If you’ve been tasked to write a Digital Marketing RFP as part of your procurement duties, it’s likely that you started with a general marketing RFP and dropped in notes from the requesting department. It’s also likely you did not fully understand what you were asking for in the RFP, or even what questions to ask when processing the request.

As one that has read multiple formal Request for Proposals within the digital marketing space, I’d like to offer up a few tips for you so that your task is less stressful and the resulting submissions are more attuned to the desired outcomes. In this case, going outside of your standard template will result in better-qualified responses. In today’s marketing environment, there are more ways to reach desired goals, various technological options, and opinions on how to apply them.

When first reading an RFP, I often form a long list of questions that require answers before an accurate and effective strategy and proposal can be developed. This can lead to back and forth Q & A’s due to the technical intricacies that a digital marketing campaign requires for success.

The challenge of communicating via email, with someone that you’ve never met, is not knowing how in-depth an explanation needs to be. This leads to either sharing too much (or not enough) information; either way, both parties may end up frustrated.

An RFP for Digital Marketing should specify what the exact marketing needs are and what exactly the desired outcome is. As a digital marketing firm, I look for the following information to provide the most accurate response in terms of strategy and price:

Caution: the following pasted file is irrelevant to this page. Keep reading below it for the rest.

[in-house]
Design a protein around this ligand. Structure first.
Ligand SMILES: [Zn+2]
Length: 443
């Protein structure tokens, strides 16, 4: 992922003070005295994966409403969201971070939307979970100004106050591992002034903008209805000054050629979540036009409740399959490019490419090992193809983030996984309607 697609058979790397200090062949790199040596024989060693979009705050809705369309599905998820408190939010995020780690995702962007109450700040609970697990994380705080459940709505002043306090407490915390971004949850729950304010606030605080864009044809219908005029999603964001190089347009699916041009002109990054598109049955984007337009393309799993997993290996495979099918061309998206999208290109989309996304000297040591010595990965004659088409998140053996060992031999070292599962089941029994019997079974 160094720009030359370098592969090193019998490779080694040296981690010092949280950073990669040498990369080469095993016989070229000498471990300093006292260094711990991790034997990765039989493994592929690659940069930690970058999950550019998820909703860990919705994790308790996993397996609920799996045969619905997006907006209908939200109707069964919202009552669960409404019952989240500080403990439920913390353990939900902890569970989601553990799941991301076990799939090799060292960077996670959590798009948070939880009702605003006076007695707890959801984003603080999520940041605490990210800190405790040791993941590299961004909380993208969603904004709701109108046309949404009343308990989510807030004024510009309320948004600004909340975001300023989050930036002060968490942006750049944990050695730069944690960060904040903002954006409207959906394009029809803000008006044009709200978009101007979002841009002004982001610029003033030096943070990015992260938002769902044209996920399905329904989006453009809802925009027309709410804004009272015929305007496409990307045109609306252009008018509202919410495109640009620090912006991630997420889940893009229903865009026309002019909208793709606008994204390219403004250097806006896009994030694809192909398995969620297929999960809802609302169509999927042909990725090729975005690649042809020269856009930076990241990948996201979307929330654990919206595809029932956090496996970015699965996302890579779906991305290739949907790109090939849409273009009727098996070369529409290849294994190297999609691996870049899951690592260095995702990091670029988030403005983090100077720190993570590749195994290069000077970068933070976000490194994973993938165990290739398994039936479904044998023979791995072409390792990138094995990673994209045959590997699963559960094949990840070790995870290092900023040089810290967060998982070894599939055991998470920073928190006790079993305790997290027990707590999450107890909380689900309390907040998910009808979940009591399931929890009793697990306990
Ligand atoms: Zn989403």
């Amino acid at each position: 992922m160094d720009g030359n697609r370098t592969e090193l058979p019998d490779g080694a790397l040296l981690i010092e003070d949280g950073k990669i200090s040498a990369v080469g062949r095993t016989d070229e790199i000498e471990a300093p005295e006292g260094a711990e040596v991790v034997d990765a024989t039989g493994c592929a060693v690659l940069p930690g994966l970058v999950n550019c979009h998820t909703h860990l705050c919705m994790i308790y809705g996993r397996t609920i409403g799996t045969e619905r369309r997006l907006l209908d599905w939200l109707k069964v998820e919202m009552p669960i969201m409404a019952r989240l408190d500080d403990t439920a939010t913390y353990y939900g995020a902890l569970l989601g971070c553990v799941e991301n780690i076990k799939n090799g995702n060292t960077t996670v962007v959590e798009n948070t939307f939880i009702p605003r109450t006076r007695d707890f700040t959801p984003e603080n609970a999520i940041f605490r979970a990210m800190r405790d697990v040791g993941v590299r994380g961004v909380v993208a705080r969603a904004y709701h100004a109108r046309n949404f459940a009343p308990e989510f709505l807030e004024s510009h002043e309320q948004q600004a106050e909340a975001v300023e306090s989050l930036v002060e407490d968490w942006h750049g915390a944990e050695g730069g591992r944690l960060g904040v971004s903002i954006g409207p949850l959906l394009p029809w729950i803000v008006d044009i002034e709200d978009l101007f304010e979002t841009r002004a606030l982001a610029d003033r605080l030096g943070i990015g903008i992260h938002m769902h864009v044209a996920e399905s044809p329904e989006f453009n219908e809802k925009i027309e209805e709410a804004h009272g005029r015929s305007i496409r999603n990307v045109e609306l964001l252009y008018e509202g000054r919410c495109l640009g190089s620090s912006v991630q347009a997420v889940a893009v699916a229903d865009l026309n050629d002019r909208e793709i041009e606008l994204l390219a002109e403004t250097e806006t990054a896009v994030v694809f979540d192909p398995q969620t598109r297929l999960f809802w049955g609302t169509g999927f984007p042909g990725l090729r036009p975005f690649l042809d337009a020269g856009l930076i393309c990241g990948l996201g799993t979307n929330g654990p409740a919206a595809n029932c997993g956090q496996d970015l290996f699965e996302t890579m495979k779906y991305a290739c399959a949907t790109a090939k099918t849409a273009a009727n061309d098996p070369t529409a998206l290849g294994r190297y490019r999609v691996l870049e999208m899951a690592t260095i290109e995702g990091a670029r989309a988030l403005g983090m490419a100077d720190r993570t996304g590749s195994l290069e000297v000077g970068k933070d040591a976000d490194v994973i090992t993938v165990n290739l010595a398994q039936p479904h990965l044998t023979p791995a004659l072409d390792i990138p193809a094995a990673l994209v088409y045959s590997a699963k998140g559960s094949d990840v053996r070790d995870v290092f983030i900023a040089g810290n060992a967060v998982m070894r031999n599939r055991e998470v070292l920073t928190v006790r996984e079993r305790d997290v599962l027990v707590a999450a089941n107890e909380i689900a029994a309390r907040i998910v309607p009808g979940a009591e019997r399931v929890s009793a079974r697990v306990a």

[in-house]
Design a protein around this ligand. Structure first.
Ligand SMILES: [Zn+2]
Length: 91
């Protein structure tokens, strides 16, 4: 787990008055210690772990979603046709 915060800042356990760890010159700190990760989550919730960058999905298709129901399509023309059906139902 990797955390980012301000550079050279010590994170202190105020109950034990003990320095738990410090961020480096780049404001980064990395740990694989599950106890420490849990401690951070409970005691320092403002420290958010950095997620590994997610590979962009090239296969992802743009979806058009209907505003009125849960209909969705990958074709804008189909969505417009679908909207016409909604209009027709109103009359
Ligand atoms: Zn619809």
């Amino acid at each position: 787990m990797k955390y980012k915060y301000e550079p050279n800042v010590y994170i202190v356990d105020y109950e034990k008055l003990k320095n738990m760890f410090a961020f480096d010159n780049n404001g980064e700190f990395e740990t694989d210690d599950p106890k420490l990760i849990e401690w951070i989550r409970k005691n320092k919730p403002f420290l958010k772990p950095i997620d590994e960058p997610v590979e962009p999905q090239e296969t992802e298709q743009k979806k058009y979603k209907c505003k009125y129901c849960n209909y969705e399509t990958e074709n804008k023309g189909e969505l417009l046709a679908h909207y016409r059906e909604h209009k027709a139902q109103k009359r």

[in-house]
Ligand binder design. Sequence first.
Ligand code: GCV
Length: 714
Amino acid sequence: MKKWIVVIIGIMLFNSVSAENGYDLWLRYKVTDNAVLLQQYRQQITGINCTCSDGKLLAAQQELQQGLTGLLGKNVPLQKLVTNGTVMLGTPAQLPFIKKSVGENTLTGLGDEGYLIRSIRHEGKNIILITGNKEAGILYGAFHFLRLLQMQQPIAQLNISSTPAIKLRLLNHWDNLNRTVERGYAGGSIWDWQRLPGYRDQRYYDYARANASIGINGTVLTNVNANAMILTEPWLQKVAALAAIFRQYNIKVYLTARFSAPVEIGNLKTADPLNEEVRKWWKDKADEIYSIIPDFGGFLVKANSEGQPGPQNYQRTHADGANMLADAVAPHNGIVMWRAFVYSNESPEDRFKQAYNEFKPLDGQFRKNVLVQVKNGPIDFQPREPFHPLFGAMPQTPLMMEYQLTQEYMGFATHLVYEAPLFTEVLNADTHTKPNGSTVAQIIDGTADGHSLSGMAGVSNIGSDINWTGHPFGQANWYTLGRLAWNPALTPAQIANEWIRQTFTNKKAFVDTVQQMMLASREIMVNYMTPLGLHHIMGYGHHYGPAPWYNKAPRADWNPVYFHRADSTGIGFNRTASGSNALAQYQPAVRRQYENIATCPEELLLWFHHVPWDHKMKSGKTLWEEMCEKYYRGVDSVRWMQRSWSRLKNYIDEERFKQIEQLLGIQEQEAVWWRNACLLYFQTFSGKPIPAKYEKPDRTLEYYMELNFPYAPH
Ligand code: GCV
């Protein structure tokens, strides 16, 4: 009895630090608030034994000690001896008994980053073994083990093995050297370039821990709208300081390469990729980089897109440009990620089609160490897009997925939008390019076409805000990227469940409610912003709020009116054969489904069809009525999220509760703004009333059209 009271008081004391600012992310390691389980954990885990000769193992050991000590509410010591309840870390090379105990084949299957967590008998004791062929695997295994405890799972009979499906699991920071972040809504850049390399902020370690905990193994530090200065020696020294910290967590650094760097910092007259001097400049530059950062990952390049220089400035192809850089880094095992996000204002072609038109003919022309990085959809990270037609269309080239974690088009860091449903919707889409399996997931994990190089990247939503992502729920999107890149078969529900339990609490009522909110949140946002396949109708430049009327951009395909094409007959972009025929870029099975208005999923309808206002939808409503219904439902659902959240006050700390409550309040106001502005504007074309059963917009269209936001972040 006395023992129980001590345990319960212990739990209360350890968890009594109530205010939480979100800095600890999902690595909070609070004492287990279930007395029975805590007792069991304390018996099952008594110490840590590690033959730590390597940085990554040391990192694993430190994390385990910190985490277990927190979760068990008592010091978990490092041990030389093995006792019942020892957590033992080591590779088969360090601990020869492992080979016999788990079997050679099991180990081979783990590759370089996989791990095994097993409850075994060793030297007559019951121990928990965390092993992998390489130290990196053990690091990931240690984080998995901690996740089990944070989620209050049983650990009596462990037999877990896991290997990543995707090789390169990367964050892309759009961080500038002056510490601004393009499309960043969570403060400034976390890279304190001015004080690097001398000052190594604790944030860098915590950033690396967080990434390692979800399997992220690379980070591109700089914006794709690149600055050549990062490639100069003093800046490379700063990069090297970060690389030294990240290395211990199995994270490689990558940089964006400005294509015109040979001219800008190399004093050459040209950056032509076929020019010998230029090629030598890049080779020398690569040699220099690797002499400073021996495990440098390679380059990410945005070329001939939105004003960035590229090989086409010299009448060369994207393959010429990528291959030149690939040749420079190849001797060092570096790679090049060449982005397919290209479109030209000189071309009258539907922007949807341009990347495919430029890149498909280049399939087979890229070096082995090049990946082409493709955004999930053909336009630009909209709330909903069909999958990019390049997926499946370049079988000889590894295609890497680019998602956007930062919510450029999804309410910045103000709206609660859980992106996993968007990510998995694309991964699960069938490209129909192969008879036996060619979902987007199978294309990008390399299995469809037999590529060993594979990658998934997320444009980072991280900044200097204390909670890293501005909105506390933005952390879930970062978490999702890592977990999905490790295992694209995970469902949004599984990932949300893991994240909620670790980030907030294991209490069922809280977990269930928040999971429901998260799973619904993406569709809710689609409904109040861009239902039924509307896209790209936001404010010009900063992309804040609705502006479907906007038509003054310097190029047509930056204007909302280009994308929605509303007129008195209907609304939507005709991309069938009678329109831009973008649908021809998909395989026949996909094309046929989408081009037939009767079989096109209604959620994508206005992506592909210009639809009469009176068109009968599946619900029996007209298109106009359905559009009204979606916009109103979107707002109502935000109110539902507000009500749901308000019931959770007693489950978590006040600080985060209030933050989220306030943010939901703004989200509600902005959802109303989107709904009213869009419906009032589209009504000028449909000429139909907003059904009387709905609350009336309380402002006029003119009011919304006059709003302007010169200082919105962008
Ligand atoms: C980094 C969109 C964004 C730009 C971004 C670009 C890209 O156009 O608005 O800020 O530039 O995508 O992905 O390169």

• The exact product/service needing marketing.
  • Primary and Secondary Target Audiences identified as specifically as possible. Include age and gender data, as well as interests and common behaviors or life stage data.
  • Insights and implications regarding your brand, product/service, and industry.
  • Marketing efforts that are managed in-house – both traditional and non-traditional.
  • Quarterly or seasonal trends that impact business.
  • Creative and content development needs.
  • SMART goals for the campaign.
  • Budgetary information.

An RFP that clearly identifies the above will allow responding vendors to accurately quote their vision of what is needed to fulfill the RFP requirements.

Below is an outline of the most valuable information that should be organized prior to developing your RFP release. While not all information is necessary to include in the RFP, it will help you clearly state your needs, requirements, as well as establishing your plan to measure the results.